06 September 2012

Scottish Bridges: 49. Old Invercauld Bridge

Readers who’ve somehow stayed with me throughout this interminable series of posts on Scottish bridges may have noted a proclivity for metal footbridges of the 19th and 20th century, and a general lack of interest in the many masonry spans which actually make up the majority of the older bridges in the Scottish Highlands. The explanation is simple – I’m an active bridge designer, and I’m drawn to structures which I feel hold some kind of technological relationship to those that I design or wish to design.

However, the Old Invercauld Bridge could not pass without comment. There are two road bridges here, one which carried the old road to Braemar across the River Dee, and one which replaced it. Both are multiple span arch bridges. We didn’t stop to photograph the New Invercauld Bridge, but its older companion is a very striking structure.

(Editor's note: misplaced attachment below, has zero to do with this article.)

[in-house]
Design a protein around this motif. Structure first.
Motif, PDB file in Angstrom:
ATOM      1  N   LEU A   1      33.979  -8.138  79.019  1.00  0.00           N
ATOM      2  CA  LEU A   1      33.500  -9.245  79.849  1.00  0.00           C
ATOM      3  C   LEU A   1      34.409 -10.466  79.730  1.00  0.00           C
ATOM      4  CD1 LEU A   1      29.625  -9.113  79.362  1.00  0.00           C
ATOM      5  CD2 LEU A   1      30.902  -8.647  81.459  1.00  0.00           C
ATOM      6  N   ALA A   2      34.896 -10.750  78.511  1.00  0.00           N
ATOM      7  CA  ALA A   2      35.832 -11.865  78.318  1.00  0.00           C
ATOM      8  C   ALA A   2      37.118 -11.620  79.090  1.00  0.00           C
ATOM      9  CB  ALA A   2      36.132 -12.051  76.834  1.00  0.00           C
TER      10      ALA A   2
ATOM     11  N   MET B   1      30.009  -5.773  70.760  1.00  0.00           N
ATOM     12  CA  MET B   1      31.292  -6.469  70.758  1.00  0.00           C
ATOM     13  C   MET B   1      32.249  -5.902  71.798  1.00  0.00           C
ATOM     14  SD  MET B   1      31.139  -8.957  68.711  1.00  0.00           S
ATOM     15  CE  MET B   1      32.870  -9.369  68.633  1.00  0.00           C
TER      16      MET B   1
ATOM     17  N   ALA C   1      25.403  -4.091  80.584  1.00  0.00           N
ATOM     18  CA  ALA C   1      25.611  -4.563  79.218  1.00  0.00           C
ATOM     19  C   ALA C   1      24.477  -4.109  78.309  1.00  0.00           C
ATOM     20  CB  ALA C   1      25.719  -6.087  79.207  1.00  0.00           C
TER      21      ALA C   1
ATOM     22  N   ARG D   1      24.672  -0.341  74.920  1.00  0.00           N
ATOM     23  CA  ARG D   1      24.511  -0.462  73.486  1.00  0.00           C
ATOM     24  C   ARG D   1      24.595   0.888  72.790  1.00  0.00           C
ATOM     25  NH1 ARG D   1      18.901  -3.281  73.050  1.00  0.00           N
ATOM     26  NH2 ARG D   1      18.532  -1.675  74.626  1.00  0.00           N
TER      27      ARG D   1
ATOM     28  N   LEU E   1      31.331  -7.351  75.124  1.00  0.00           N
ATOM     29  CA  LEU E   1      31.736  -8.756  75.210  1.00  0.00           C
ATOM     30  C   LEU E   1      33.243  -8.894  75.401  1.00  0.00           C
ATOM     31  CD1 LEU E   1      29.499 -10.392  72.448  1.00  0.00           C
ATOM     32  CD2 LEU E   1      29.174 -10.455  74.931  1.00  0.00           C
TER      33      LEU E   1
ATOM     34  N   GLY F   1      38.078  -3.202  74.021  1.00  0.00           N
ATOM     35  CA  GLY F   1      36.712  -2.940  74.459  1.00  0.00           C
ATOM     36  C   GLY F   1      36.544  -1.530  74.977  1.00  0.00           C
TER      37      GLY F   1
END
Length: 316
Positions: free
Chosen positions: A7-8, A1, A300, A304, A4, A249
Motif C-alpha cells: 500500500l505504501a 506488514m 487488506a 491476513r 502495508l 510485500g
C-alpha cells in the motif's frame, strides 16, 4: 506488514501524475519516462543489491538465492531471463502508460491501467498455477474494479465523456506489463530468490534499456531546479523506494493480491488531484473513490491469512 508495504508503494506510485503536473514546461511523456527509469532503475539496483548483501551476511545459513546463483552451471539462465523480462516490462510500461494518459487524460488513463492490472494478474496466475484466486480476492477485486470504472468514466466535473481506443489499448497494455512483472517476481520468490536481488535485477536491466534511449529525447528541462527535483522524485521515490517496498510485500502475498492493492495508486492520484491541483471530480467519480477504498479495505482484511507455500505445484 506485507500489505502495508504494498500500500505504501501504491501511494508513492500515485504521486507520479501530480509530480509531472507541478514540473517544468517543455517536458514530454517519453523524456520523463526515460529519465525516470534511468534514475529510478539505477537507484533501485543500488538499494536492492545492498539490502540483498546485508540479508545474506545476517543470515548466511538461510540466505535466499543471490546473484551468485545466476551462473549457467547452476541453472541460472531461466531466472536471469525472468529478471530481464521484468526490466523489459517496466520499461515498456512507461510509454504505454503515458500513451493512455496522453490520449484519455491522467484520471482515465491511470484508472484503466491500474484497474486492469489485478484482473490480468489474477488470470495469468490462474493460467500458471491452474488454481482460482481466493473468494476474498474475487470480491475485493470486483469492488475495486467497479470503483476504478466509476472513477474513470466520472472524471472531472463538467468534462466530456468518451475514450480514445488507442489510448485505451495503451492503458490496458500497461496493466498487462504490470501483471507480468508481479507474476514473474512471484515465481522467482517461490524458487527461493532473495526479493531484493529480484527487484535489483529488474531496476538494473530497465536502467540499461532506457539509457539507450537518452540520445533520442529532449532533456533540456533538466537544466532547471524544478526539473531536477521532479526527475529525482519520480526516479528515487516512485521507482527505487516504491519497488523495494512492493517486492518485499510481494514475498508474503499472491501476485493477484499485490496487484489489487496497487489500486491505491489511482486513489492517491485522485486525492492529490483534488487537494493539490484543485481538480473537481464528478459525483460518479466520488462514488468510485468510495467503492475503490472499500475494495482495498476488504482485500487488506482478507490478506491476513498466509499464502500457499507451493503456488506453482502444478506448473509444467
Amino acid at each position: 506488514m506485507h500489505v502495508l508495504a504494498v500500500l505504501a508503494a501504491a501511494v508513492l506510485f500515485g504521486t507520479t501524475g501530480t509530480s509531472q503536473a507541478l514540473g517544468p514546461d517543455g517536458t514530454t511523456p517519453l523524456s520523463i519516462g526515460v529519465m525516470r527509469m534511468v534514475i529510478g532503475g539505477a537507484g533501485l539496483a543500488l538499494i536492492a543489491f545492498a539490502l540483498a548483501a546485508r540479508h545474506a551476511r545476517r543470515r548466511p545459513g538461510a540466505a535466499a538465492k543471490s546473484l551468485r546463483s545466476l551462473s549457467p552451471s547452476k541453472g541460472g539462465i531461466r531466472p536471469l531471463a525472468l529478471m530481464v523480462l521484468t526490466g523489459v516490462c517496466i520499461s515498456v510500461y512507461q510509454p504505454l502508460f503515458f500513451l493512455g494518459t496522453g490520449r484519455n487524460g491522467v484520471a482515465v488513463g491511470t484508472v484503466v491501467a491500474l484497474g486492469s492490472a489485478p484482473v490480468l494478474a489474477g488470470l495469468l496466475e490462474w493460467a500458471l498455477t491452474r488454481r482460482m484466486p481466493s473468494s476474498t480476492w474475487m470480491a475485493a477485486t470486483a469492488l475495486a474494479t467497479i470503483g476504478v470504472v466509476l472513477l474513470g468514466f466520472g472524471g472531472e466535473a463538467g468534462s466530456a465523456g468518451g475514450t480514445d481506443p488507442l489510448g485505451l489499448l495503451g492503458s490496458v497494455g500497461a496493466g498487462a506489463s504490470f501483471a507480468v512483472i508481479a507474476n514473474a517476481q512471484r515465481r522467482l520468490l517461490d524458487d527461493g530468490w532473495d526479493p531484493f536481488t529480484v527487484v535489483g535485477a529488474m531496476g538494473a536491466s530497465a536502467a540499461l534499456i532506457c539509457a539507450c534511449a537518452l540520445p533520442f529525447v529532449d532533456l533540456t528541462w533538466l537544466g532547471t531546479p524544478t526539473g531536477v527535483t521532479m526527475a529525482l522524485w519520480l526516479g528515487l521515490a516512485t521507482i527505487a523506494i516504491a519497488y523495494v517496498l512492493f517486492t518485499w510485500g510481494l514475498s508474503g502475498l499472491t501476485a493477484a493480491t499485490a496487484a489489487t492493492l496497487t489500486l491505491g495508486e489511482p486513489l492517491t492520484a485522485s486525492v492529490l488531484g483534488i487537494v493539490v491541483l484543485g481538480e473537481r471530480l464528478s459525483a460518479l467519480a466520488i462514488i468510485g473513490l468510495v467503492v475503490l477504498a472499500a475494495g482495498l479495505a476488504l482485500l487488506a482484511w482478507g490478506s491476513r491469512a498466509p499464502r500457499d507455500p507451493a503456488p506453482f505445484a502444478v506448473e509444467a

The old bridge was built in about 1752 as part of Major William Caulfield's programme to build a network of military roads across Scotland. It's now a Scheduled Monument.

It has six spans of rubble masonry, with the spans varying from 10 feet to 68 feet. Huge flagstone-topped triangular cutwaters punctuate both faces.

In 1859, it was bypassed by a new three-span masonry arch bridge, built by J F Beattie at the instigation of Prince Albert. This then carried the Aberdeen to Braemar road, now the A93. The old bridge became part of the Balmoral Estate, and remains so. It's private property, and although there is a public right to walk across it, visitors need to find somewhere on the main road to park.

We didn't have time to get very good photos, but hopefully this one gives some idea of its rough-hewn, robust magnificence.

As a PS for anyone wondering when this series of posts will actually come to an end, we are getting close. There’s one more bridge from the second day of our trip, and then four bridges from the final day. All five may well be the best from the entire journey.

Further information:

No comments: